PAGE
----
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Title: The study of Weddell Sea ice using passive microwave and buoy data
Author: Massom, Robert Anthony
ISNI:       0000 0001 3620 9197
Awarding Body: University of Cambridge
Current Institution: University of Cambridge
Date of Award: 1989
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The growth of the Weddell Sea ice cover in 1980 is examined, using Nimbus-7 satellite Scanning Multi-channel Microwave Radiometer (SMMR) data in combination with data (positional, air temperature and atmospheric pressure) from 4 Nimbus-tracked drifting buoys. Ice concentrations are retrieved from the SMMR data by applying a cluster analysis algorithm developed by J. Comiso of NASA. Analyses of computed differential kinematic parameters (DKP)s of the buoy array offer insight into the complex mesoscale behaviour of the underlying Weddell Gyre. High frequency divergence, convergence and deformation events isolated in the DKP results, and driven largely by the regular passage of cyclones, are related to changes in ice concentration observed in the SMMR data. The profound role of the Antarctic Peninsula in influencing both atmospheric and oceanic circulation (and thus ice formation, drift and eventual decay) in the region is evaluated. Possible relationships between buoy drift in the inner pack and ice edge advance are examined, yielding information on the relative importance of ice growth in open water within the pack and that at the ice edge. After an introductory chapter, Chapter 2 describes the physical setting of the Weddell Sea. Comparisons are drawn both with other sectors of the Southern Ocean and the Arctic, emphasizing the uniqueness of the region not only in terms of its climate and oceanography but also its sea ice cover. Chapter 3 traces the evolution of passive microwave remote sensing from space as a tool for monitoring Antarctic sea ice extent and concentration; the relative merits and disadvantages of these techniques are evaluated. Chapter 4 concentrates on the use of SMMR data. Detailed comparisons are made of algorithms available for the extraction of ice concentrations from the raw brightness temperature data. The choice of algorithm used is justified. Chapter 5 is largely concerned with the analysis of the buoy data, and the kinematic behaviour of the array as a unit. These results are combined with the SMMR data in Chapter 6 to identify distinct dynamic zones and meridional advective sectors, and to compare the behaviour of the inner pack with that of the unconstrained ice edge. The evolution of a high concentration core within the unique perennial sea ice zone hugging the east coast of the Peninsula, which persists throughout the period of study is unusual enough to merit a separate sub-section. Conclusions are drawn in chapter 7.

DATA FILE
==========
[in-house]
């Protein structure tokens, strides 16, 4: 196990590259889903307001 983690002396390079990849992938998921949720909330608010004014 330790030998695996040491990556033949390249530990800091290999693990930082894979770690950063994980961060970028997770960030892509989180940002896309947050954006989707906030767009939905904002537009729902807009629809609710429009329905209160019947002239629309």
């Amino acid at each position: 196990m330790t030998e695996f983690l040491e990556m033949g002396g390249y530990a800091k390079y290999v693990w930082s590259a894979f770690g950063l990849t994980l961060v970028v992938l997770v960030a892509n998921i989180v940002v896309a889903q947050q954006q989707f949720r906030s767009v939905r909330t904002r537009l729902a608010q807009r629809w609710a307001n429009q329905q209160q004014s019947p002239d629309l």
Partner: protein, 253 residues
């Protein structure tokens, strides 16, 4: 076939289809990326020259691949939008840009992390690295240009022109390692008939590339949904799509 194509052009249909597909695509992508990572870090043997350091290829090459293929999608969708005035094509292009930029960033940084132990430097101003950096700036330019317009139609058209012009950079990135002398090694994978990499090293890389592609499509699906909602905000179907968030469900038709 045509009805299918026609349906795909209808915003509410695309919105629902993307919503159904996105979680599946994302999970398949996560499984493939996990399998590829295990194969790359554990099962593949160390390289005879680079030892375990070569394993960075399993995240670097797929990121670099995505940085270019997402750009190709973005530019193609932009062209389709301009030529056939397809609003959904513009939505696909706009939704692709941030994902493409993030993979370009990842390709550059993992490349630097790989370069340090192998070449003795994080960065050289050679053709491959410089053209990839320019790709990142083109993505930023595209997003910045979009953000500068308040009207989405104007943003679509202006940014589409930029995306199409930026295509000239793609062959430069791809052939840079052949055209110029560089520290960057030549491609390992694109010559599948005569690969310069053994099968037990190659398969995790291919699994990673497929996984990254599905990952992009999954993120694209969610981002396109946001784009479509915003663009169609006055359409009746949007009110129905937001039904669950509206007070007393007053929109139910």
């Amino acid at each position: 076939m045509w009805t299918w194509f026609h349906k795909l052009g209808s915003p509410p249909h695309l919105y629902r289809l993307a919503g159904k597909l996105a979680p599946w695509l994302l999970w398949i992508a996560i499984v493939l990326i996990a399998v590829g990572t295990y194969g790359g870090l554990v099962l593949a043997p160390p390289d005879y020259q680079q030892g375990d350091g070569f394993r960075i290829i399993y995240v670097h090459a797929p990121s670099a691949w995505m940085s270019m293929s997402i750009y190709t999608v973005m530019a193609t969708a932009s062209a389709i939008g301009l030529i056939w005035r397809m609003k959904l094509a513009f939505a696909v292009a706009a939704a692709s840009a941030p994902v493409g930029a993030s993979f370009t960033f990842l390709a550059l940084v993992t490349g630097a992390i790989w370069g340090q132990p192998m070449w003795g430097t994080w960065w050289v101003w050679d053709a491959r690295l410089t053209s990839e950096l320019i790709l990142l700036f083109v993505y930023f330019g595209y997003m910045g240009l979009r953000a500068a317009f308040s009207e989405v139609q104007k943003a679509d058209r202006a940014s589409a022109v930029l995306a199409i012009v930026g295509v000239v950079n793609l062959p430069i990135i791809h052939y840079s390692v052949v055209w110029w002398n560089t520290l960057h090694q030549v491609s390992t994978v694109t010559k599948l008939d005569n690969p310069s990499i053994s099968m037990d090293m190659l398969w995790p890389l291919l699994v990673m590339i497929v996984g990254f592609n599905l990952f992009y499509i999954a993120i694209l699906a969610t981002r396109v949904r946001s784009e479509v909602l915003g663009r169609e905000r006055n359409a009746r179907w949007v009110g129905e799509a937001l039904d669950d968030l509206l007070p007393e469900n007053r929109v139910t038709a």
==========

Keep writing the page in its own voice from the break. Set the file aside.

Supervisor: Not available Sponsor: Not available
Qualification Name: Thesis (Ph.D.) Qualification Level: Doctoral
Keywords: Glaciology & snow & ice & permafrost